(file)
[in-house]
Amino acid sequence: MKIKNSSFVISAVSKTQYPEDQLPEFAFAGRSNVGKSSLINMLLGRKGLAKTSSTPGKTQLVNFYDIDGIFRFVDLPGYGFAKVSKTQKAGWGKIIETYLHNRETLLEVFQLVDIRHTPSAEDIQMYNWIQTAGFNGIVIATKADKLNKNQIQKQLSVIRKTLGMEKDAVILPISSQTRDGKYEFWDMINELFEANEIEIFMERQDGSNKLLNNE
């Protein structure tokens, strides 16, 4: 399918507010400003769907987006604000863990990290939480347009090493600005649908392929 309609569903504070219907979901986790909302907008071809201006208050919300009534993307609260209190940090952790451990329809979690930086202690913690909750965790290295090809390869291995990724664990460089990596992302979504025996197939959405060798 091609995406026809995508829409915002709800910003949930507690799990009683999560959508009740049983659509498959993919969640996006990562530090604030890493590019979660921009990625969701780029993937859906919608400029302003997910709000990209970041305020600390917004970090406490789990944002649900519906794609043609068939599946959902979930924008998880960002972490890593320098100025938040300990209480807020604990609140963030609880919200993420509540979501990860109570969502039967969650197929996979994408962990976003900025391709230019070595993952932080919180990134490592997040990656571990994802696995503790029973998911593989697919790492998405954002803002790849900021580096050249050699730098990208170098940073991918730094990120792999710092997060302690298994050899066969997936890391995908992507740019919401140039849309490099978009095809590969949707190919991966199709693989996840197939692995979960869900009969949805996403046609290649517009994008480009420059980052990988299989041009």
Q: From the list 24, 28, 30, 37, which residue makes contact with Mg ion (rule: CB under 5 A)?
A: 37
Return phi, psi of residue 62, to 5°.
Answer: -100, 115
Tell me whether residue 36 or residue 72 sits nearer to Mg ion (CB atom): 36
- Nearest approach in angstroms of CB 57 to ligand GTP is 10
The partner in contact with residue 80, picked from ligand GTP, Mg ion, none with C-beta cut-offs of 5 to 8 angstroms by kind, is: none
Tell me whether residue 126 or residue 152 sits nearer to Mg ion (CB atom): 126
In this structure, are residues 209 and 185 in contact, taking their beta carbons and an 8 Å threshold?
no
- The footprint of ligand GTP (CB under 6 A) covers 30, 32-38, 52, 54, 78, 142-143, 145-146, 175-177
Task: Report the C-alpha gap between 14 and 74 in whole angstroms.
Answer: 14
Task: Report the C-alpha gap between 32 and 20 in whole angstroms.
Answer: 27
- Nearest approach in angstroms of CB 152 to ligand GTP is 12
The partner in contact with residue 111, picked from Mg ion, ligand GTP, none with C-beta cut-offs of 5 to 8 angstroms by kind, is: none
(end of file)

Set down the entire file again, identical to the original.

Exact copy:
[in-house]
Amino acid sequence: MKIKNSSFVISAVSKTQYPEDQLPEFAFAGRSNVGKSSLINMLLGRKGLAKTSSTPGKTQLVNFYDIDGIFRFVDLPGYGFAKVSKTQKAGWGKIIETYLHNRETLLEVFQLVDIRHTPSAEDIQMYNWIQTAGFNGIVIATKADKLNKNQIQKQLSVIRKTLGMEKDAVILPISSQTRDGKYEFWDMINELFEANEIEIFMERQDGSNKLLNNE
């Protein structure tokens, strides 16, 4: 399918507010400003769907987006604000863990990290939480347009090493600005649908392929 309609569903504070219907979901986790909302907008071809201006208050919300009534993307609260209190940090952790451990329809979690930086202690913690909750965790290295090809390869291995990724664990460089990596992302979504025996197939959405060798 091609995406026809995508829409915002709800910003949930507690799990009683999560959508009740049983659509498959993919969640996006990562530090604030890493590019979660921009990625969701780029993937859906919608400029302003997910709000990209970041305020600390917004970090406490789990944002649900519906794609043609068939599946959902979930924008998880960002972490890593320098100025938040300990209480807020604990609140963030609880919200993420509540979501990860109570969502039967969650197929996979994408962990976003900025391709230019070595993952932080919180990134490592997040990656571990994802696995503790029973998911593989697919790492998405954002803002790849900021580096050249050699730098990208170098940073991918730094990120792999710092997060302690298994050899066969997936890391995908992507740019919401140039849309490099978009095809590969949707190919991966199709693989996840197939692995979960869900009969949805996403046609290649517009994008480009420059980052990988299989041009």
Q: From the list 24, 28, 30, 37, which residue makes contact with Mg ion (rule: CB under 5 A)?
A: 37
Return phi, psi of residue 62, to 5°.
Answer: -100, 115
Tell me whether residue 36 or residue 72 sits nearer to Mg ion (CB atom): 36
- Nearest approach in angstroms of CB 57 to ligand GTP is 10
The partner in contact with residue 80, picked from ligand GTP, Mg ion, none with C-beta cut-offs of 5 to 8 angstroms by kind, is: none
Tell me whether residue 126 or residue 152 sits nearer to Mg ion (CB atom): 126
In this structure, are residues 209 and 185 in contact, taking their beta carbons and an 8 Å threshold?
no
- The footprint of ligand GTP (CB under 6 A) covers 30, 32-38, 52, 54, 78, 142-143, 145-146, 175-177
Task: Report the C-alpha gap between 14 and 74 in whole angstroms.
Answer: 14
Task: Report the C-alpha gap between 32 and 20 in whole angstroms.
Answer: 27
- Nearest approach in angstroms of CB 152 to ligand GTP is 12
The partner in contact with residue 111, picked from Mg ion, ligand GTP, none with C-beta cut-offs of 5 to 8 angstroms by kind, is: none